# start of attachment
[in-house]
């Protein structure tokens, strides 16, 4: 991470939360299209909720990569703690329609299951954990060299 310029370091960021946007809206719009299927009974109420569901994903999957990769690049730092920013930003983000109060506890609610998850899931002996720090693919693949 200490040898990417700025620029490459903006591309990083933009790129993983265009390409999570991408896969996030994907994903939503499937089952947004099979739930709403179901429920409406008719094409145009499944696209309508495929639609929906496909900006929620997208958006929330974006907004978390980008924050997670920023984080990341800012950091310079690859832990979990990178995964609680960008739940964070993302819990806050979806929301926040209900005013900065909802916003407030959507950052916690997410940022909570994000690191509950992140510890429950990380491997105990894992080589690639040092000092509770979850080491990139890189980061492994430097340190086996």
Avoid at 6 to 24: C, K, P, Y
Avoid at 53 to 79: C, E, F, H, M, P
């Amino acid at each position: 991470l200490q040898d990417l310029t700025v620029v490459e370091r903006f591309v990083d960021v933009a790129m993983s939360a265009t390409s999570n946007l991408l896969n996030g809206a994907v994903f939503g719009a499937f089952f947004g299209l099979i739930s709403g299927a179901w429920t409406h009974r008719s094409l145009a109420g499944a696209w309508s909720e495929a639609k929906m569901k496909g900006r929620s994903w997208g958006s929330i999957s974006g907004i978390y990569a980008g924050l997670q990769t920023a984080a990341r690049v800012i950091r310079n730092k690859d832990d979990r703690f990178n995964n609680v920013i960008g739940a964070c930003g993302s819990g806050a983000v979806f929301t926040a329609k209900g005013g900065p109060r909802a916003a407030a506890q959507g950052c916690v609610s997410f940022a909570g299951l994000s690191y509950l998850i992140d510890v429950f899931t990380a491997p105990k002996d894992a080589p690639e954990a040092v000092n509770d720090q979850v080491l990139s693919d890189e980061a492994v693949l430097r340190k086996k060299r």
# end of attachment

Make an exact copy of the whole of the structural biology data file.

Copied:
[in-house]
């Protein structure tokens, strides 16, 4: 991470939360299209909720990569703690329609299951954990060299 310029370091960021946007809206719009299927009974109420569901994903999957990769690049730092920013930003983000109060506890609610998850899931002996720090693919693949 200490040898990417700025620029490459903006591309990083933009790129993983265009390409999570991408896969996030994907994903939503499937089952947004099979739930709403179901429920409406008719094409145009499944696209309508495929639609929906496909900006929620997208958006929330974006907004978390980008924050997670920023984080990341800012950091310079690859832990979990990178995964609680960008739940964070993302819990806050979806929301926040209900005013900065909802916003407030959507950052916690997410940022909570994000690191509950992140510890429950990380491997105990894992080589690639040092000092509770979850080491990139890189980061492994430097340190086996």
Avoid at 6 to 24: C, K, P, Y
Avoid at 53 to 79: C, E, F, H, M, P
């Amino acid at each position: 991470l200490q040898d990417l310029t700025v620029v490459e370091r903006f591309v990083d960021v933009a790129m993983s939360a265009t390409s999570n946007l991408l896969n996030g809206a994907v994903f939503g719009a499937f089952f947004g299209l099979i739930s709403g299927a179901w429920t409406h009974r008719s094409l145009a109420g499944a696209w309508s909720e495929a639609k929906m569901k496909g900006r929620s994903w997208g958006s929330i999957s974006g907004i978390y990569a980008g924050l997670q990769t920023a984080a990341r690049v800012i950091r310079n730092k690859d832990d979990r703690f990178n995964n609680v920013i960008g739940a964070c930003g993302s819990g806050a983000v979806f929301t926040a329609k209900g005013g900065p109060r909802a916003a407030a506890q959507g950052c916690v609610s997410f940022a909570g299951l994000s690191y509950l998850i992140d510890v429950f899931t990380a491997p105990k002996d894992a080589p690639e954990a040092v000092n509770d720090q979850v080491l990139s693919d890189e980061a492994v693949l430097r340190k086996k060299r």